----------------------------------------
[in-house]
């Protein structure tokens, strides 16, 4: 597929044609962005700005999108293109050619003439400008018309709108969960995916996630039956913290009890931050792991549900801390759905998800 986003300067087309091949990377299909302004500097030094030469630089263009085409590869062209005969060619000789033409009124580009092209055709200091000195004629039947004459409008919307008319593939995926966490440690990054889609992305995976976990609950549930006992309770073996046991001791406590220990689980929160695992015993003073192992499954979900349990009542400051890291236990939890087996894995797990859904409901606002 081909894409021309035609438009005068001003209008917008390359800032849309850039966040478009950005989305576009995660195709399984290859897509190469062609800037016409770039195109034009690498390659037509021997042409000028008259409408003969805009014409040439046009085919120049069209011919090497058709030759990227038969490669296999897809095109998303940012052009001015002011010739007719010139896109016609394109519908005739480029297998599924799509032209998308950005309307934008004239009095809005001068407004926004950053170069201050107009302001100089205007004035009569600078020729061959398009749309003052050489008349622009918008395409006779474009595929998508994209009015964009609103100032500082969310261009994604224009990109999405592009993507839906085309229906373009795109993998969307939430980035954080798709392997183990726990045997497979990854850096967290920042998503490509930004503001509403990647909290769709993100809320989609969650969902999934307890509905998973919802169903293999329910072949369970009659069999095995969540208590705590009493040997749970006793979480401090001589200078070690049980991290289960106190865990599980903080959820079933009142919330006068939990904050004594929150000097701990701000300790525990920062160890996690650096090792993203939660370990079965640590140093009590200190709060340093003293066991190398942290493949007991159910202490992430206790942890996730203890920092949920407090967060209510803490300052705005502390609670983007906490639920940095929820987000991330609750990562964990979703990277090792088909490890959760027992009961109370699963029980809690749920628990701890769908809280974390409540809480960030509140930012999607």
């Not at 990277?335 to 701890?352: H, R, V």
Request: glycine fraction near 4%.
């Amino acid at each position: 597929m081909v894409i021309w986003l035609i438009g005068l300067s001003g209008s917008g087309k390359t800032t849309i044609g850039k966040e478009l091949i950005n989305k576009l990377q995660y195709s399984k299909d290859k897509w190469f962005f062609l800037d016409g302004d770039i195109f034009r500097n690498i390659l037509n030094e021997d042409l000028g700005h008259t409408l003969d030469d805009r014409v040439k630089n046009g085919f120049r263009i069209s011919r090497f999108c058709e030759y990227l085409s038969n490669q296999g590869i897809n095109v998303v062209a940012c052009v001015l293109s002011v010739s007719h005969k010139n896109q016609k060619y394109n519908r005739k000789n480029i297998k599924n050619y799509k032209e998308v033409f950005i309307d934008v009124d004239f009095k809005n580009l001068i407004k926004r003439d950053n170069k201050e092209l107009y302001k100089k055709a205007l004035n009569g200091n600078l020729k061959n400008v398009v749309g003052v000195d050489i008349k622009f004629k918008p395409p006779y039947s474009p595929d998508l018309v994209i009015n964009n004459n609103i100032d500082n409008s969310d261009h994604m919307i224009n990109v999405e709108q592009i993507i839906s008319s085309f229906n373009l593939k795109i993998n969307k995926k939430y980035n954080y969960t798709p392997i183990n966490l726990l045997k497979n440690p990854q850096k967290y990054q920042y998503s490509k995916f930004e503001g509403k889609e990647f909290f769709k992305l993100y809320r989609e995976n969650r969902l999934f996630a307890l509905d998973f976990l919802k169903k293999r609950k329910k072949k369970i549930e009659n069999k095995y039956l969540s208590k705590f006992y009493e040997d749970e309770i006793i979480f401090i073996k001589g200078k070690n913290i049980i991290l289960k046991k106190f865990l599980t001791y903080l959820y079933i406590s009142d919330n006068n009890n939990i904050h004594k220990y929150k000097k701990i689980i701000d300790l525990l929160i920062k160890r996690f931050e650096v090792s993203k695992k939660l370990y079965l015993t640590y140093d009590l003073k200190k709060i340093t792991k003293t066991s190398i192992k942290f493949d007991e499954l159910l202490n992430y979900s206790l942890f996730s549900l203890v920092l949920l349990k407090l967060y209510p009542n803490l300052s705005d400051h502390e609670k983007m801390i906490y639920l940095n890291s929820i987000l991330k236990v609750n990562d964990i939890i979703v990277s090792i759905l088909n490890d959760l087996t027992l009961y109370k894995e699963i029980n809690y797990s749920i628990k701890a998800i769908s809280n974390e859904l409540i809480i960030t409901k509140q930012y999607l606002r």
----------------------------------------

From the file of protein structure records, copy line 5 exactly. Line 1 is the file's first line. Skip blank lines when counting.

């Amino acid at each position: 597929m081909v894409i021309w986003l035609i438009g005068l300067s001003g209008s917008g087309k390359t800032t849309i044609g850039k966040e478009l091949i950005n989305k576009l990377q995660y195709s399984k299909d290859k897509w190469f962005f062609l800037d016409g302004d770039i195109f034009r500097n690498i390659l037509n030094e021997d042409l000028g700005h008259t409408l003969d030469d805009r014409v040439k630089n046009g085919f120049r263009i069209s011919r090497f999108c058709e030759y990227l085409s038969n490669q296999g590869i897809n095109v998303v062209a940012c052009v001015l293109s002011v010739s007719h005969k010139n896109q016609k060619y394109n519908r005739k000789n480029i297998k599924n050619y799509k032209e998308v033409f950005i309307d934008v009124d004239f009095k809005n580009l001068i407004k926004r003439d950053n170069k201050e092209l107009y302001k100089k055709a205007l004035n009569g200091n600078l020729k061959n400008v398009v749309g003052v000195d050489i008349k622009f004629k918008p395409p006779y039947s474009p595929d998508l018309v994209i009015n964009n004459n609103i100032d500082n409008s969310d261009h994604m919307i224009n990109v999405e709108q592009i993507i839906s008319s085309f229906n373009l593939k795109i993998n969307k995926k939430y980035n954080y969960t798709p392997i183990n966490l726990l045997k497979n440690p990854q850096k967290y990054q920042y998503s490509k995916f930004e503001g509403k889609e990647f909290f769709k992305l993100y809320r989609e995976n969650r969902l999934f996630a307890l509905d998973f976990l919802k169903k293999r609950k329910k072949k369970i549930e009659n069999k095995y039956l969540s208590k705590f006992y009493e040997d749970e309770i006793i979480f401090i073996k001589g200078k070690n913290i049980i991290l289960k046991k106190f865990l599980t001791y903080l959820y079933i406590s009142d919330n006068n009890n939990i904050h004594k220990y929150k000097k701990i689980i701000d300790l525990l929160i920062k160890r996690f931050e650096v090792s993203k695992k939660l370990y079965l015993t640590y140093d009590l003073k200190k709060i340093t792991k003293t066991s190398i192992k942290f493949d007991e499954l159910l202490n992430y979900s206790l942890f996730s549900l203890v920092l949920l349990k407090l967060y209510p009542n803490l300052s705005d400051h502390e609670k983007m801390i906490y639920l940095n890291s929820i987000l991330k236990v609750n990562d964990i939890i979703v990277s090792i759905l088909n490890d959760l087996t027992l009961y109370k894995e699963i029980n809690y797990s749920i628990k701890a998800i769908s809280n974390e859904l409540i809480i960030t409901k509140q930012y999607l606002r």